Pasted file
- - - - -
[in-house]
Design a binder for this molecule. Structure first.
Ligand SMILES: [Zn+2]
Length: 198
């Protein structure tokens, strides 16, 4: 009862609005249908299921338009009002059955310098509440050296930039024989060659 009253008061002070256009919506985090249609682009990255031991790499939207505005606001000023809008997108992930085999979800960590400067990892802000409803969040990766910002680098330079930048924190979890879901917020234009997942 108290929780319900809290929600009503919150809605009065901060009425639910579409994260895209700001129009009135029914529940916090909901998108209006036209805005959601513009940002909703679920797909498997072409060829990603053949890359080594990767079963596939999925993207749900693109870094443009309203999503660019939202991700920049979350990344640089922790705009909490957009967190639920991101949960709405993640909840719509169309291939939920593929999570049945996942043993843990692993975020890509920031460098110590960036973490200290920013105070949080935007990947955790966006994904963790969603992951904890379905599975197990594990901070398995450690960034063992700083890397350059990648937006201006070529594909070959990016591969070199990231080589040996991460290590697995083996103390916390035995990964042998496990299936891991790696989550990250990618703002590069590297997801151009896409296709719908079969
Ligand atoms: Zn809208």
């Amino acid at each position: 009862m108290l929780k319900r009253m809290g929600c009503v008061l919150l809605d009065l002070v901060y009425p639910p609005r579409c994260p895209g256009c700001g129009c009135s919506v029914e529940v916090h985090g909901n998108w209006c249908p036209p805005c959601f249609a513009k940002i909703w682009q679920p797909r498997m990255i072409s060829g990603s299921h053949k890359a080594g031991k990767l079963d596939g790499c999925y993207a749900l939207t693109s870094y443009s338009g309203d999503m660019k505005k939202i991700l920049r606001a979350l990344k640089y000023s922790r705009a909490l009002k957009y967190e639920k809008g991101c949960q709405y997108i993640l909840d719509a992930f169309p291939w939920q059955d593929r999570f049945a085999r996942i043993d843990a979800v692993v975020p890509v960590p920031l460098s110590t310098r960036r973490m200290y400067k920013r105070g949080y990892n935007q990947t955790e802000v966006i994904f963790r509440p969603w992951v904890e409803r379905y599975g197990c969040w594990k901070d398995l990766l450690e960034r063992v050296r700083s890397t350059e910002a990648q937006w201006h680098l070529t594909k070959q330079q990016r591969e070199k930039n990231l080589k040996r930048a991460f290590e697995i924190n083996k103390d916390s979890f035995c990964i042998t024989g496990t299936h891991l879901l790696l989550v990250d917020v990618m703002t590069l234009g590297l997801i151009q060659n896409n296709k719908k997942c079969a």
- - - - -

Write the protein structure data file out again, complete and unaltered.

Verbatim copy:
[in-house]
Design a binder for this molecule. Structure first.
Ligand SMILES: [Zn+2]
Length: 198
């Protein structure tokens, strides 16, 4: 009862609005249908299921338009009002059955310098509440050296930039024989060659 009253008061002070256009919506985090249609682009990255031991790499939207505005606001000023809008997108992930085999979800960590400067990892802000409803969040990766910002680098330079930048924190979890879901917020234009997942 108290929780319900809290929600009503919150809605009065901060009425639910579409994260895209700001129009009135029914529940916090909901998108209006036209805005959601513009940002909703679920797909498997072409060829990603053949890359080594990767079963596939999925993207749900693109870094443009309203999503660019939202991700920049979350990344640089922790705009909490957009967190639920991101949960709405993640909840719509169309291939939920593929999570049945996942043993843990692993975020890509920031460098110590960036973490200290920013105070949080935007990947955790966006994904963790969603992951904890379905599975197990594990901070398995450690960034063992700083890397350059990648937006201006070529594909070959990016591969070199990231080589040996991460290590697995083996103390916390035995990964042998496990299936891991790696989550990250990618703002590069590297997801151009896409296709719908079969
Ligand atoms: Zn809208």
């Amino acid at each position: 009862m108290l929780k319900r009253m809290g929600c009503v008061l919150l809605d009065l002070v901060y009425p639910p609005r579409c994260p895209g256009c700001g129009c009135s919506v029914e529940v916090h985090g909901n998108w209006c249908p036209p805005c959601f249609a513009k940002i909703w682009q679920p797909r498997m990255i072409s060829g990603s299921h053949k890359a080594g031991k990767l079963d596939g790499c999925y993207a749900l939207t693109s870094y443009s338009g309203d999503m660019k505005k939202i991700l920049r606001a979350l990344k640089y000023s922790r705009a909490l009002k957009y967190e639920k809008g991101c949960q709405y997108i993640l909840d719509a992930f169309p291939w939920q059955d593929r999570f049945a085999r996942i043993d843990a979800v692993v975020p890509v960590p920031l460098s110590t310098r960036r973490m200290y400067k920013r105070g949080y990892n935007q990947t955790e802000v966006i994904f963790r509440p969603w992951v904890e409803r379905y599975g197990c969040w594990k901070d398995l990766l450690e960034r063992v050296r700083s890397t350059e910002a990648q937006w201006h680098l070529t594909k070959q330079q990016r591969e070199k930039n990231l080589k040996r930048a991460f290590e697995i924190n083996k103390d916390s979890f035995c990964i042998t024989g496990t299936h891991l879901l790696l989550v990250d917020v990618m703002t590069l234009g590297l997801i151009q060659n896409n296709k719908k997942c079969a």